"The radiation will cause random bit-flips and can even fry components," Brain says. "The vacuum boils the volatile gasses out of normal chips, making them useless and coating everything nearby with conductive gunk. In the Earth's shadow, temperatures make Antarctica look balmy, and in the sun's glare it's hotter than the Simpson Desert. On the way up, the vibration of the rocket would shake most normal circuit boards to pieces."

Spaceflight avionics software development is not for the faint-hearted either.

"The question for software developers is not, 'Are you paranoid?', the question is, 'Are you paranoid enough?' " Brain says. "Every software module, every function, procedure or method has to assume that information coming in may have been spoilt by a malfunction and be prepared for the worst. The system must be ductile - bending, not breaking - when things go wrong. In space no one can press Control/Alt/Delete."

A team of Australian programmers developed FedSat's onboard software, building on work done in Britain. It is written in Ada-95, a programming language designed for embedded systems and safety-critical software. All it has to work with is 16MB of RAM, 2MB of flash memory for storing the program, a 128K boot PROM (programmable read only memory) and 320MB of DRAM in place of a hard disk that would never survive the launch process. All essential data is stored in three physically different locations.

Along with controlling the satellite, this software must interface with the satellite's five experimental payloads. These are designed to study UHF and Ka-band transmission characteristics and coding methods, the Earth's magnetic field, Global Positioning System applications, high-performance computing and the stars.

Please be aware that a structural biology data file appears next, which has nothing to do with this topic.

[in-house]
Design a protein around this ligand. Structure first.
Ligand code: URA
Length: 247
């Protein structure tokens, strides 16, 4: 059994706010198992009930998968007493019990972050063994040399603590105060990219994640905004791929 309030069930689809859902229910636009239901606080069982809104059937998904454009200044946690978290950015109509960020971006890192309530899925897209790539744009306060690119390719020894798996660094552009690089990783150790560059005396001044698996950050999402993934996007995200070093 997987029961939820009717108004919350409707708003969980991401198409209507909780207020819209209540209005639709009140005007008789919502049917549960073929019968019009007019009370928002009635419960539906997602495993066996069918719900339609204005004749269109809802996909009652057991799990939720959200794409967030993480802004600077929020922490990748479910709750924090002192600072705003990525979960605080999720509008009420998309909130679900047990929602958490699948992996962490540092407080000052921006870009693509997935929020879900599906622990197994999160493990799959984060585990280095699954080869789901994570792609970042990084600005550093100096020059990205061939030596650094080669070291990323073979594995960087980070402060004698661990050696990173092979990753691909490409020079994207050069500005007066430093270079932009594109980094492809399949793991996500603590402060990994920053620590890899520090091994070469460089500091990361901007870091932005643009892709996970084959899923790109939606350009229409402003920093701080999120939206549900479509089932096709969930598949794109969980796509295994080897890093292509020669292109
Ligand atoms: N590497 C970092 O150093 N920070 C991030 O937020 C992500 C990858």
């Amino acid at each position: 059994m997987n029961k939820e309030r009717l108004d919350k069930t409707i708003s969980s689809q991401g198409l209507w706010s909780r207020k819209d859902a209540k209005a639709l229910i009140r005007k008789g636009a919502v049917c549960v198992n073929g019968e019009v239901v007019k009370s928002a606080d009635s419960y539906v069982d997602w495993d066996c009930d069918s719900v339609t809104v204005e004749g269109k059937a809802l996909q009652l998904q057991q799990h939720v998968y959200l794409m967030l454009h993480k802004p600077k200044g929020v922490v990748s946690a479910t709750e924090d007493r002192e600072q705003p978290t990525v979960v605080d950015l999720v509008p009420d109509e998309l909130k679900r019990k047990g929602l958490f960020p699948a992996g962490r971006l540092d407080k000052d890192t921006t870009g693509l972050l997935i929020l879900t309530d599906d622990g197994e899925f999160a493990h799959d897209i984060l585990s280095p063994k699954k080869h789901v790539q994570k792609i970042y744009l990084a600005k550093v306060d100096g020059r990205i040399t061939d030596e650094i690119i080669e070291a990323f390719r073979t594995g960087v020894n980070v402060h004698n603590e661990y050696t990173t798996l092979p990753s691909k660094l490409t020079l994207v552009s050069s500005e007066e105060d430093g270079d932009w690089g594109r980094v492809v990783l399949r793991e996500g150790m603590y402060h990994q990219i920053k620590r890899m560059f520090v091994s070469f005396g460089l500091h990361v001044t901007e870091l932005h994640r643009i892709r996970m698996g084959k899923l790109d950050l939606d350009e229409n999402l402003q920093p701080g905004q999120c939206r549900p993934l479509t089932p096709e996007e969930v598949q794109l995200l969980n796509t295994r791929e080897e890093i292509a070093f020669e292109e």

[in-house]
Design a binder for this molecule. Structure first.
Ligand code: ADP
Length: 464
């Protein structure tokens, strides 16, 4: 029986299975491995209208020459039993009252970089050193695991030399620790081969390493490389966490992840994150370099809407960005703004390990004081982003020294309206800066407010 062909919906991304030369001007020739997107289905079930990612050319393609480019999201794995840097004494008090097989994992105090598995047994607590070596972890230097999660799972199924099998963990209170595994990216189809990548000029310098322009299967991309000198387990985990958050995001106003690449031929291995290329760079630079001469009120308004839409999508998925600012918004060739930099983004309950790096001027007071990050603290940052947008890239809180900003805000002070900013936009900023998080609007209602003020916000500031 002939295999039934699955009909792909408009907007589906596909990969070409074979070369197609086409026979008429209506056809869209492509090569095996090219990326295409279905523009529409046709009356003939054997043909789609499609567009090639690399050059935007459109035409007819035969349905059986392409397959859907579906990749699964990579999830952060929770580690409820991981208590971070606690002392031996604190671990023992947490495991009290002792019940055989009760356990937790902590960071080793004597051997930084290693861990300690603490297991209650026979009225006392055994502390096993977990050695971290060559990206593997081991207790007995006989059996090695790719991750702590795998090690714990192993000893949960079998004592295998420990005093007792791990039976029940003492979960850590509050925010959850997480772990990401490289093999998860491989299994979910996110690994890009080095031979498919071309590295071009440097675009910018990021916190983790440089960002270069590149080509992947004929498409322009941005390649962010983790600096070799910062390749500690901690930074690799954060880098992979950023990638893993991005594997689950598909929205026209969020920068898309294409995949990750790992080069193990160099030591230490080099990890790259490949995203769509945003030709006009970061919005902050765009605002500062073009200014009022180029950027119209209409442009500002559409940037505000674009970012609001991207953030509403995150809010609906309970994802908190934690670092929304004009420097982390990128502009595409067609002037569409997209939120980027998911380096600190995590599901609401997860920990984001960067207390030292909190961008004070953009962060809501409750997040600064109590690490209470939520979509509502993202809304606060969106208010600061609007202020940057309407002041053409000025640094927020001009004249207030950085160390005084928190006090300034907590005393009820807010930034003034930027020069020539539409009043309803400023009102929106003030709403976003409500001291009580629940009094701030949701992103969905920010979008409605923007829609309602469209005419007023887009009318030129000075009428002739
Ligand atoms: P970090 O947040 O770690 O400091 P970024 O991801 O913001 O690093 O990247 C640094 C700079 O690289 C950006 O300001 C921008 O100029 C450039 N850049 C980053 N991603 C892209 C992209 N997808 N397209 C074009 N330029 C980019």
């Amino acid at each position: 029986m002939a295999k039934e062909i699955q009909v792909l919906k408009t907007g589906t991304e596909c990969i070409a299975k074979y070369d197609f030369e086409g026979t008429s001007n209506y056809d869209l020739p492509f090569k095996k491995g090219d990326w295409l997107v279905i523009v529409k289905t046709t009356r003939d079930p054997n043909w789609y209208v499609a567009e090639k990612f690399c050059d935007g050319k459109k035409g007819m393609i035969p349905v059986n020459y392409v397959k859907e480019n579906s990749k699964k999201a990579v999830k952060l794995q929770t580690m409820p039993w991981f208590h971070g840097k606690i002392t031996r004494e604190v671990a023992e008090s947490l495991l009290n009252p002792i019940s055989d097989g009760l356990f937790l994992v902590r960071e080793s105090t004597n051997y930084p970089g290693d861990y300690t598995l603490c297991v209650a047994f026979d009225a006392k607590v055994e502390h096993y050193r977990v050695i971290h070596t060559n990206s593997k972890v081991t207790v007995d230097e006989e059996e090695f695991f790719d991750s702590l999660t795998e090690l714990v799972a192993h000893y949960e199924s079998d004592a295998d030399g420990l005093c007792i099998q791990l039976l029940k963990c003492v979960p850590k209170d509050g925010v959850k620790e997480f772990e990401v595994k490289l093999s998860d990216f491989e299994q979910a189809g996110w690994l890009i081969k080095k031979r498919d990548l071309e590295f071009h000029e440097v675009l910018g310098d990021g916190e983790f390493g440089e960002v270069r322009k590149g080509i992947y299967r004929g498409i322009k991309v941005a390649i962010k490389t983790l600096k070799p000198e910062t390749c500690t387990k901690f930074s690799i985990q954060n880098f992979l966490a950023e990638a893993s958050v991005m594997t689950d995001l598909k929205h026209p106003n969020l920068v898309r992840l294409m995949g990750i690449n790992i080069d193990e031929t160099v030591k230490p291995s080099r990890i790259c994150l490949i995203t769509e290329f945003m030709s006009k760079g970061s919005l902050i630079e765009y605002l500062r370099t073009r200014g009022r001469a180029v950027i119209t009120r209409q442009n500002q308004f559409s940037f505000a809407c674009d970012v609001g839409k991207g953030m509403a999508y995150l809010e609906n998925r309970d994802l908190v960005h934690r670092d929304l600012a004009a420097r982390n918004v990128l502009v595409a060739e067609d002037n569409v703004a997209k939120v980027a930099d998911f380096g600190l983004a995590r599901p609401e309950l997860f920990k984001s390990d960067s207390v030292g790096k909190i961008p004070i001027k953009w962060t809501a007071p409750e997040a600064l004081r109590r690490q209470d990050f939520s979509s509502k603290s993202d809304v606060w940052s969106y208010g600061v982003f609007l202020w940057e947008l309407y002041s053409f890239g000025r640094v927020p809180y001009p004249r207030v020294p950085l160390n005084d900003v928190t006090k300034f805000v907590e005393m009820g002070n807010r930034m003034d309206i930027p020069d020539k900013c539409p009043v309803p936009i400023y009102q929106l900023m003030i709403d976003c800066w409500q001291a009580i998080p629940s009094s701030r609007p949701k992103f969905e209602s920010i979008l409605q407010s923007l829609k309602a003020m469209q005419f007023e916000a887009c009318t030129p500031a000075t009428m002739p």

Along with power restrictions, the main constraint on FedSat's designers is its limited contact with Earth.

The FedSat ground station will control the satellite via an S-Band bidirectional radio link using a dish on the roof of the Signal Processing Research Institute building at the University of South Australia's Mawson Lakes campus.

Owing to FedSat's orbit, the ground station will only be able to communicate with the satellite during two 20-minute periods each day.

As such, a large component of the software's work is logging data to be downloaded and storing commands to be executed while the satellite is out of contact.
The Unquiet SunPretty Cruel is right. As John Hohl told the BBC :
Commenting on the solar events of the past few days John Kohl of the Harvard-Smithsonian Center for Astrophysics in the US, said: "It's like the Earth is looking right down the barrel of a giant gun pointed at us by the Sun...and it's taken two big shots at us."

"The Sun is really churned up. The timing of two very large X-class flares aimed directly at the Earth, occurring one right after another, is unprecedented.

"I have not seen anything like it in my entire career as a solar physicist. The probability of this happening is so low that it is a statistical anomaly."
And as I said, "The Question is not 'Are you paranoid?' but 'Are you paranoid enough?'. <gloat>I beefed up the memory error-checking and automatic correction way beyond the spec, just in case, and because with the design I'd come up with it was actually easier to go a bit overboard than restrict the checking to something less aggressive.</gloat>

No comments: